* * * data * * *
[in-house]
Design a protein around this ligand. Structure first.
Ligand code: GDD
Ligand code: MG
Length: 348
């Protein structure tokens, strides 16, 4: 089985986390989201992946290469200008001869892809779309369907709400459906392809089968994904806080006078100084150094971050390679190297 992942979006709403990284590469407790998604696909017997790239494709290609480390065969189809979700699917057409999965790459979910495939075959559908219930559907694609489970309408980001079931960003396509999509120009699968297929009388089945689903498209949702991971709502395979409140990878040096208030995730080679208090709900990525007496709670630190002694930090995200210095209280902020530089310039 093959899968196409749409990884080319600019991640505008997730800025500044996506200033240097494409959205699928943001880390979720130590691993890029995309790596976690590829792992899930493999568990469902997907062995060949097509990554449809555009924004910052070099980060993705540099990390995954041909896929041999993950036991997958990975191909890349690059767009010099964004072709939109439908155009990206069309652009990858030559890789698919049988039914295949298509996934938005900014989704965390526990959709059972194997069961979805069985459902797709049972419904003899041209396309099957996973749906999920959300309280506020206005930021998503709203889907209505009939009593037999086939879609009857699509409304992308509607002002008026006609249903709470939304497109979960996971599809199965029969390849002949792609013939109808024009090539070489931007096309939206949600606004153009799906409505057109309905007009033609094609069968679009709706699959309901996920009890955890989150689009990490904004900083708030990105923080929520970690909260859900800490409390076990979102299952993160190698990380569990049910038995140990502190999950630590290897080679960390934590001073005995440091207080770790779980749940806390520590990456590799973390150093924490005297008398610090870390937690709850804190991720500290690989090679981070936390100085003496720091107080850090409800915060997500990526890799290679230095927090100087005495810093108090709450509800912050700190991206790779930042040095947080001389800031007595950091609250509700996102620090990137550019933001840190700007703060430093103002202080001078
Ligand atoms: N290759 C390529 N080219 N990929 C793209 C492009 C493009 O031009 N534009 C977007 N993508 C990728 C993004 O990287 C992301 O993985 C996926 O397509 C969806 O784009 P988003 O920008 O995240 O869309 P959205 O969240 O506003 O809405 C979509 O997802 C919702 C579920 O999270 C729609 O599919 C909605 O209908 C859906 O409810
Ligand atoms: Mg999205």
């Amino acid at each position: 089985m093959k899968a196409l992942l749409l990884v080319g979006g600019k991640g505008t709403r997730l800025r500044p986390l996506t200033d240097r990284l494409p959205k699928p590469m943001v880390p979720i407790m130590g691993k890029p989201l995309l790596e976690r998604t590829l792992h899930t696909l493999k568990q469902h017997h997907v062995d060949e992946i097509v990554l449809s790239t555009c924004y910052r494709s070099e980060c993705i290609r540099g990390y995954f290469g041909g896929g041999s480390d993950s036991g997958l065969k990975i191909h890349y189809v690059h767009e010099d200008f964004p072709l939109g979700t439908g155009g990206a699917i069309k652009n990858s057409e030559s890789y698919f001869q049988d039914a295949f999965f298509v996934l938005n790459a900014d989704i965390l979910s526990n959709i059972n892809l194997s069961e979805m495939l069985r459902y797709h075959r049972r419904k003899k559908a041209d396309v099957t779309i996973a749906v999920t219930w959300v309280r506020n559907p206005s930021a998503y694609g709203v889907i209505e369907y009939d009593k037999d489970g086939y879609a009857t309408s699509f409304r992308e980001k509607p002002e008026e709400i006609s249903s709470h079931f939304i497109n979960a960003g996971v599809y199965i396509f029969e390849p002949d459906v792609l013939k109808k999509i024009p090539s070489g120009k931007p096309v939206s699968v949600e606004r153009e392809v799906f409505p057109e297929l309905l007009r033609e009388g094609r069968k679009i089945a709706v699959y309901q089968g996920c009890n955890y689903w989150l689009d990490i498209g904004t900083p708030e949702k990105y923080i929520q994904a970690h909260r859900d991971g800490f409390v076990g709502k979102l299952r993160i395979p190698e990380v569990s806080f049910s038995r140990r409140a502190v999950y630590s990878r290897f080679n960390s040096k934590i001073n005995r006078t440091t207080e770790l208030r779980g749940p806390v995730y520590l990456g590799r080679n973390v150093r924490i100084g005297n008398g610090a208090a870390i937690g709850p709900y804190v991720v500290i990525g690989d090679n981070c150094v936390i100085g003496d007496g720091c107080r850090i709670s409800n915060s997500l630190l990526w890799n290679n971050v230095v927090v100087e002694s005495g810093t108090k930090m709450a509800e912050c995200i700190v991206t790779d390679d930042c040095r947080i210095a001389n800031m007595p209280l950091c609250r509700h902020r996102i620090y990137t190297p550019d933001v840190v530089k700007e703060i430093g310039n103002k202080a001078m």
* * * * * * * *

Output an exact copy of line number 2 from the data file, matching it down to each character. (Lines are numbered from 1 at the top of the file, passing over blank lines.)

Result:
Design a protein around this ligand. Structure first.